Faridkot State

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Faridkot State
ਫਰੀਦਕੋਟ
Princely State

1803–1947

Flag of Faridkot

Flag

Historical era New Imperialism
 -  Established 1803
 -  Partition of India 1947

Faridkot State, with its capital at Faridkot, was a Princely state in Punjab region, it was one of the Cis-Sutlej states and was under the suzerainty of the Scindhia dynasty of the Maratha Empire, following the Second Anglo-Maratha War of 1803–1805, Marathas lost the territory to the British. For the support the British in overcoming the mutiny of 1857, the ruler of Faridkot was accorded a 11-gun salute as per the rules of precedence in the Imperial Durbar.

List of Faridkot rulers[edit]

Jaisal dynasty[edit]

  • 1643 - 1708 Kapura Singh (born 1628 - died 1708)
  • 1708 - 1710 Sajja Singh (b. ... - died 1710)
  • 1710 - 1731 Sukha Singh (born 1681 - died 1731)
  • 1731 - 1763 ...
  • 1763 - 1782 Hamir Singh (b. ... - died 1782)
  • 1782 - 1798 Mohr Singh (b. ... - died 1798)
  • 1798 - 1804 Kharat Singh (b. ... - died 1804)
  • 1804 Dal Singh (b. ... - died 1804)
  • 1804 - 5 November 1826 Ghulab Singh (b. c.1797 - died 1826)
  • 1826 - August 1827 Attar Singh (born 1823 - died 1827)
  • 1827 - 1846 Pahar Singh (b. ... - died 1849)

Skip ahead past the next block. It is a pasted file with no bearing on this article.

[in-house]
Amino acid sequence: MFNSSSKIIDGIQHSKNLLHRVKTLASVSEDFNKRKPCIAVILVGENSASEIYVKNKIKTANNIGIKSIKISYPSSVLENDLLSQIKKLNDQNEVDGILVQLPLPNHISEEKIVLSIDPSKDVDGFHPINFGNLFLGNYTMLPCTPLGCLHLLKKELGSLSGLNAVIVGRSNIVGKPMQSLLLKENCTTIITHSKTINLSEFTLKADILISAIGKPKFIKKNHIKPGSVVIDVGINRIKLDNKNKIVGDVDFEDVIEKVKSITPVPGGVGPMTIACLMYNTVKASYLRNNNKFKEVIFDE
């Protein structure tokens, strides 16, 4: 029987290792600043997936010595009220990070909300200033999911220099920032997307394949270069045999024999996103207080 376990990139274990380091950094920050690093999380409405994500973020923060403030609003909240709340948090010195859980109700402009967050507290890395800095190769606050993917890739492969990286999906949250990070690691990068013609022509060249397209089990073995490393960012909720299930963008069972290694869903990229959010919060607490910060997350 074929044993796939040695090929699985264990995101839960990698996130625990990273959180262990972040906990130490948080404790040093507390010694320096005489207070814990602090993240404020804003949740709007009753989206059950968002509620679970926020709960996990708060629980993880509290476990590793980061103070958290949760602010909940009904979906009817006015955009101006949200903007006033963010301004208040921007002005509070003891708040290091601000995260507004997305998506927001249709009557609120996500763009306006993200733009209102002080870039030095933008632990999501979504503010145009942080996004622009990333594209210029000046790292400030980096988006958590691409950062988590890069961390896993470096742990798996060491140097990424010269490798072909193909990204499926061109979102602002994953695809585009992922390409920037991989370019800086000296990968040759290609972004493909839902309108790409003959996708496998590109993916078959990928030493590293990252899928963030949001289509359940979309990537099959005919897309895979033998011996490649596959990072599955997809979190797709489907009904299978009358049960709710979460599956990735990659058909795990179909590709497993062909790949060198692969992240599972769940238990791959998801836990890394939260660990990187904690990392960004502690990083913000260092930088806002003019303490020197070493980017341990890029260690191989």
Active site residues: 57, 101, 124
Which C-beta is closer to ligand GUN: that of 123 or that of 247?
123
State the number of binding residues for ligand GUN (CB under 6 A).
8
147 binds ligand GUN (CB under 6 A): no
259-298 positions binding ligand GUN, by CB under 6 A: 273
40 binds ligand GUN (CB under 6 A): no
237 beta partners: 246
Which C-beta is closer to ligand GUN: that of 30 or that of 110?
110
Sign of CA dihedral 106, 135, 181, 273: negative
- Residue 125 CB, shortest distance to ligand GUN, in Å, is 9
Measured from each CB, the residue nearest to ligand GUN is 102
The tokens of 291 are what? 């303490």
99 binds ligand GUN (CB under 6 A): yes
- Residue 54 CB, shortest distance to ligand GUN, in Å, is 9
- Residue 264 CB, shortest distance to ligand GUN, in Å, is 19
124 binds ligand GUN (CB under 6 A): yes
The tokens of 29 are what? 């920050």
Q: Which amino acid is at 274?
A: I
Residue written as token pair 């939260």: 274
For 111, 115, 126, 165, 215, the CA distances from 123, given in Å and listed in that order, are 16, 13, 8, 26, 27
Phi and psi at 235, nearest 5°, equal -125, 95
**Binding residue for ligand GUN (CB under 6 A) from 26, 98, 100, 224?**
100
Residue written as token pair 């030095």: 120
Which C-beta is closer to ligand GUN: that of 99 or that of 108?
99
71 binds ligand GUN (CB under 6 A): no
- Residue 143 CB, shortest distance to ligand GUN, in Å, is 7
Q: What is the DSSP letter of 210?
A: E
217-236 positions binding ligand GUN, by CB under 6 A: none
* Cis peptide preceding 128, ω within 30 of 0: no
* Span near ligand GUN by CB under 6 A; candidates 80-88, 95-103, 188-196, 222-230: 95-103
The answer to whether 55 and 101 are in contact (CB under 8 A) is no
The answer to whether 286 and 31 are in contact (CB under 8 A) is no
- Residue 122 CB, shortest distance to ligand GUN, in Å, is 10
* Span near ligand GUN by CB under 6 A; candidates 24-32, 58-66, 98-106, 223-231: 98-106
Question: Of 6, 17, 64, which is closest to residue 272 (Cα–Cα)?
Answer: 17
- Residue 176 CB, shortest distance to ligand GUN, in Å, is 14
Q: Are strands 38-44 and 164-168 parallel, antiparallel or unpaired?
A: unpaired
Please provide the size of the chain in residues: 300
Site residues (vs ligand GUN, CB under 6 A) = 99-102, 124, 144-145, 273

Rajas[edit]

  • 1846 - April 1849 Pahar Singh (s.a.)
  • 1849 - April 1874 Wazir Singh (born 1811 - died 1874)
  • 1874 - 8 August 1898 Vikram Singh (born 1842 - died 1898)
  • 1898 - 1906 Balbir Singh (born 1870 - died 1906)
  • 11 February 1906 - 1918 Balbir Indar Singh (born 1896 - died 1918)

Maharaja[edit]

Faridkot State Stamp
  • 1918 - 23 December 1918 Balbir Indar Singh (s.a.)

Raja[edit]

23 December 1918 - 15 August 1947 Har Indar Singh (born 1915 - died 1989)

Faridkot had issued postage stamps independently from 1879 to 1887 when it signed a postal convention with the British.

Demography[edit]

Faridkot had an area of 643 square miles.[1]:33-38 According to the 1901 census the state had a population of 124,912 and contained 2 towns and 167 villages.[2] Predominantly agricultural, it had two small towns, Faridkot and Kotkapura.

Further reading[edit]

  • Subhash Parihar
  • Architectural Heritage of a Sikh State: Faridkot (Delhi: Aryan Books International, 2009)

See also[edit]

References[edit]

External links[edit]